A Transformational Process Model for Improving Intergenerational Health
This resource article from the Robert Wood Johnson Foundation inspires new ways of thinking about responding to social problems.
“Health and social problems occur in the context of family, community and culture. In the past three decades, our understanding of the ways that we can or cannot work together to solve health and social problems has changed (Ostrom, 2002). We have learned about the power of networks to carry information, connect like-minded people and provide a flexible yet durable infrastructure for social movements. The scientific framework for solving problems in our world has been also transformed by chaos, quantum and relativity theories. When combined, these recent discoveries call for new modes of thinking and action that transcend traditional linear and categorical thinking about prevention of our nation’s most troublesome health and social problems .“ (see page 9)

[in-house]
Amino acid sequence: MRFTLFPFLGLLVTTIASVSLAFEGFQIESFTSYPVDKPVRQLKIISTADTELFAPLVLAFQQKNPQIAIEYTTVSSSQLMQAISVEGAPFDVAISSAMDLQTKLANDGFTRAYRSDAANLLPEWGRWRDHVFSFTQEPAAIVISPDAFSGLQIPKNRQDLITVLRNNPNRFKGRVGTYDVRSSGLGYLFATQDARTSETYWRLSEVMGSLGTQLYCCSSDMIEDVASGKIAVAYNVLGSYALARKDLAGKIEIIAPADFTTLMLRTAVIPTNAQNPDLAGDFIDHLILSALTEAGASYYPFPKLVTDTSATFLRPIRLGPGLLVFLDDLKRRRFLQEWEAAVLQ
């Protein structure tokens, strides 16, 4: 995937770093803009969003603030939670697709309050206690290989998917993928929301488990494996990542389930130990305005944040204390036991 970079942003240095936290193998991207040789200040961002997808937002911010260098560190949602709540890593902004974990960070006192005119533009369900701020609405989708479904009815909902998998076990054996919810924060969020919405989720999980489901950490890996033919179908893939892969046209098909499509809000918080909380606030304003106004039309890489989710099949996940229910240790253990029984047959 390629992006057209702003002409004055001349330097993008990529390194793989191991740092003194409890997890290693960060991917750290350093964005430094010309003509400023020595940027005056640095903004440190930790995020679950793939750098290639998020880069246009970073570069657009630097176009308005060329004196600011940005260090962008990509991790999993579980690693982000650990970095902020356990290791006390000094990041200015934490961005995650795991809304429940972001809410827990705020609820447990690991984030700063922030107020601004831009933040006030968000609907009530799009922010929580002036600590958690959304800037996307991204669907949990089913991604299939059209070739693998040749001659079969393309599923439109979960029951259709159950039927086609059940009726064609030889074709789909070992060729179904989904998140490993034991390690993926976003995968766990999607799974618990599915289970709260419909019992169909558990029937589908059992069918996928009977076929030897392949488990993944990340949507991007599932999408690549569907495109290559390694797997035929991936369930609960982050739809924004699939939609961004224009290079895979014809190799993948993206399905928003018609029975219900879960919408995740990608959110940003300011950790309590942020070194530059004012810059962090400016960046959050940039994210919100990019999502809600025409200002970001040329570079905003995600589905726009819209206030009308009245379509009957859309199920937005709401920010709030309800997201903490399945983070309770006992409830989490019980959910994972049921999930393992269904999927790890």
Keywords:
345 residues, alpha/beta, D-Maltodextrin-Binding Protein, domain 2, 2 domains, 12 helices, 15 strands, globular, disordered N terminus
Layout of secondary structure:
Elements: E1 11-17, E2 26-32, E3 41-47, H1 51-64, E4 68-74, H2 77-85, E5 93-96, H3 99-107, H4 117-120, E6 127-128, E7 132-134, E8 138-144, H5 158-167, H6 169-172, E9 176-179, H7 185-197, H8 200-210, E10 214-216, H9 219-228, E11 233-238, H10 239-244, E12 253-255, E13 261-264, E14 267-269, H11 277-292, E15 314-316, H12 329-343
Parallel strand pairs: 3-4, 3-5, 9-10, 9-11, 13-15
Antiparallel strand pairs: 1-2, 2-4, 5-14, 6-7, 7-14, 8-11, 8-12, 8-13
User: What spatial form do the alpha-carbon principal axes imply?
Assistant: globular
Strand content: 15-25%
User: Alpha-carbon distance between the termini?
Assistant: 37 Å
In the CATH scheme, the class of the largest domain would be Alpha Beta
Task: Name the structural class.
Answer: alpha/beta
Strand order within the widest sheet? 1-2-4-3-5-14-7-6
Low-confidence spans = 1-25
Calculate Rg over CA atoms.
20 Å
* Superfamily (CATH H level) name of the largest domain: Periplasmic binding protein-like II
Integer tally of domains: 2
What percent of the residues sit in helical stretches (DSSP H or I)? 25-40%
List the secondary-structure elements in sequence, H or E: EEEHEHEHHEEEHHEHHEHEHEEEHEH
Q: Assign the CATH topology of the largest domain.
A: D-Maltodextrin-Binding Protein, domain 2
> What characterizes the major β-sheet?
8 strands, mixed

“Rather than restructuring decision-making groups, programs, service locations or evaluation dashboards, we need to engage the public, inspire innovation, support peer helping, and ease the daily stress burden of parents so they can better protect and nurture the next generation. This means that we have to change the way we think about social problems and solutions… Communities can improve the relational experience of everyday life by changing the patterns and purposes of social interaction among residents. At the heart of GCC is the connection between the number and kinds of relationships people develop and their ability to successfully address their problems. As neighborhoods are able to make changes, even small ones, there is an infusion of self- and collective-efficacy, optimism and excitement fueled by hope .” (see page 11)